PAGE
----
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Lunar Prospector
03.23.07
 
Launched on Jan. 6, 1998, Lunar Prospector mapped the moon’s surface composition and looked for possible deposits of polar ice, measure magnetic and gravity fields, as well as study lunar 'out gassing.' On March 5, 1998, scientists announced that Lunar Prospector's neutron spectrometer instrument had detected hydrogen at both lunar poles, which scientists theorized to be in the form of water ice.

Overview:

Following a nearly flawless launch on a three-stage Athena II rocket from Spaceport Florida, in Cape Canaveral, Florida, on Jan. 6, 1998, Lunar Prospector made a four-day journey to the moon. Then the tiny spin-stabilized Lunar Prospector spacecraft entered lunar orbit and sent valuable data back to Earth. Carrying five scientific instruments, Lunar Prospector was designed to map the moon’s surface composition and look for possible deposits of polar ice, measure magnetic and gravity fields, as well as study lunar 'out gassing.'

On March 5th, 1998, scientists announced that Lunar Prospector's neutron spectrometer instrument had detected hydrogen at both lunar poles, which scientists theorized to be in the form of water ice. The data indicated that a large quantity of water ice, possibly as much as 330 million short tons (300 million metric tons), was mixed into the regolith at each pole. This was the first direct evidence of the presence of water ice at the moon's frigid poles.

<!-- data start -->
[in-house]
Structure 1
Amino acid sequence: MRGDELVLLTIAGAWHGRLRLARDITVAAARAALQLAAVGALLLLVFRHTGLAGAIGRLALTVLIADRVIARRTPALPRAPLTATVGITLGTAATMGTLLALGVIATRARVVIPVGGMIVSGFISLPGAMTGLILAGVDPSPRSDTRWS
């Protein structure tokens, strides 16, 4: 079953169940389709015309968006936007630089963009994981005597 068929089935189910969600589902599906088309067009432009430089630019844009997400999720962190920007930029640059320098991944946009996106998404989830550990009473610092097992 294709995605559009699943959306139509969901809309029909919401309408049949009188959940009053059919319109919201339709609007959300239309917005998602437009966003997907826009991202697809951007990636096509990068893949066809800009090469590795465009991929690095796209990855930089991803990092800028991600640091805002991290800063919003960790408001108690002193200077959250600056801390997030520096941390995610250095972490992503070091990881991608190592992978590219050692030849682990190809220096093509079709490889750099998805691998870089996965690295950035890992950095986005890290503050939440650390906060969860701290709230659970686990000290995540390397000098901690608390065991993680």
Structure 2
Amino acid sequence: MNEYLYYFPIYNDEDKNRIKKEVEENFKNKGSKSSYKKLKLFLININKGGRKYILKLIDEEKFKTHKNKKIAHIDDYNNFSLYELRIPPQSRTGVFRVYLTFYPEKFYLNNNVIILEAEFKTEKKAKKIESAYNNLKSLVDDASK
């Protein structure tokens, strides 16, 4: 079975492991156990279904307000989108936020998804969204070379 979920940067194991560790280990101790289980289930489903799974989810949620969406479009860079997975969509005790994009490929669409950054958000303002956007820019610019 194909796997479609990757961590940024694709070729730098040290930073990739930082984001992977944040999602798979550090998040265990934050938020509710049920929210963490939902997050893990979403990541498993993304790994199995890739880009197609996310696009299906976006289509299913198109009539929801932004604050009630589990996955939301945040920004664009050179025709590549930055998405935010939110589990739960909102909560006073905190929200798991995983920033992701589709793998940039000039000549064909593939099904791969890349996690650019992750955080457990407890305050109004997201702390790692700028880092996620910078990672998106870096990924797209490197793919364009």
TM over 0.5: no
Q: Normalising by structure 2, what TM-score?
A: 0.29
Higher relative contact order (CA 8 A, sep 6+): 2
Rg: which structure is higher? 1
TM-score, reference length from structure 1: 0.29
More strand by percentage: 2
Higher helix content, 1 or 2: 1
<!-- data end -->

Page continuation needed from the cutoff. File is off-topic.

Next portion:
The mission ended on July 31, 1999, after scientists deliberately aimed Lunar Prospector to crash into a permanently shadowed area of a crater near the lunar South Pole. Researchers hoped that the impact would release water vapor from the suspected ice deposits and that the plume would be detectable from Earth, but no plume was observed.

For more information about the related 2008 – 2009 Lunar CRater Observation and Sensing Satellite (LCROSS) mission to the moon to look for water, please visit:

http://lcross.arc.nasa.gov

Media contact:
John Bluck
NASA Ames Research Center, Moffett Field, Calif.
Phone: 650-604-5026
Email: jbluck@mail.arc.nasa.gov

Related links:

Lunar Prospector Mission

About the Moon - Lunar Prospector Mission

No Water Ice Detected from Lunar Prospector Impact